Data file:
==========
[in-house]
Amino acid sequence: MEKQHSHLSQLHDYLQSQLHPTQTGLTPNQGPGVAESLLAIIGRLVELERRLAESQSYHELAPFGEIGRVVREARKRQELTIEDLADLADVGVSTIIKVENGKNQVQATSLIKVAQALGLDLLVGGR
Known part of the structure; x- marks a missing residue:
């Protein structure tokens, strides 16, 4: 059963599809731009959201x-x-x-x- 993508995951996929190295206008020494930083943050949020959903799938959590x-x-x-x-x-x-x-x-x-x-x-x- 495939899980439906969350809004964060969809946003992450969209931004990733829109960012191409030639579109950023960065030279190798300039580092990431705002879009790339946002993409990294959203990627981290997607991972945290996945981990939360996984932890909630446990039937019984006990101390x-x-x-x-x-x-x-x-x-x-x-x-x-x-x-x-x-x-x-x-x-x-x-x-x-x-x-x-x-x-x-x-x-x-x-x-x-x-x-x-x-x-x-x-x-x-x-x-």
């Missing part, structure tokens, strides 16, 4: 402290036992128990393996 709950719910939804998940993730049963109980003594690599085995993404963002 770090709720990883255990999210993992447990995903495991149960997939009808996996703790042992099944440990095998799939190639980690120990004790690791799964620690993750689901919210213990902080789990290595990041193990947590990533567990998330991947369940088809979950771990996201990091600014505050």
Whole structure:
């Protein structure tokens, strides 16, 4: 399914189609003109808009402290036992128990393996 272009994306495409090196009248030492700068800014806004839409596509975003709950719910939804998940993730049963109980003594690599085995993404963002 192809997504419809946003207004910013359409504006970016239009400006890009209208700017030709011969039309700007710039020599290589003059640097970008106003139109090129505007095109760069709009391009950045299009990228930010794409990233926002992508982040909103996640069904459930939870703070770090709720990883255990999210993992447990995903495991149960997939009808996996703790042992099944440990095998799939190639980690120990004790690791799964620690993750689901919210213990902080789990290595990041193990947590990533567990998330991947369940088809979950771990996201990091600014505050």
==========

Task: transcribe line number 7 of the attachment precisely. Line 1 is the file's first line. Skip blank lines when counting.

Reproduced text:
């Protein structure tokens, strides 16, 4: 399914189609003109808009402290036992128990393996 272009994306495409090196009248030492700068800014806004839409596509975003709950719910939804998940993730049963109980003594690599085995993404963002 192809997504419809946003207004910013359409504006970016239009400006890009209208700017030709011969039309700007710039020599290589003059640097970008106003139109090129505007095109760069709009391009950045299009990228930010794409990233926002992508982040909103996640069904459930939870703070770090709720990883255990999210993992447990995903495991149960997939009808996996703790042992099944440990095998799939190639980690120990004790690791799964620690993750689901919210213990902080789990290595990041193990947590990533567990998330991947369940088809979950771990996201990091600014505050």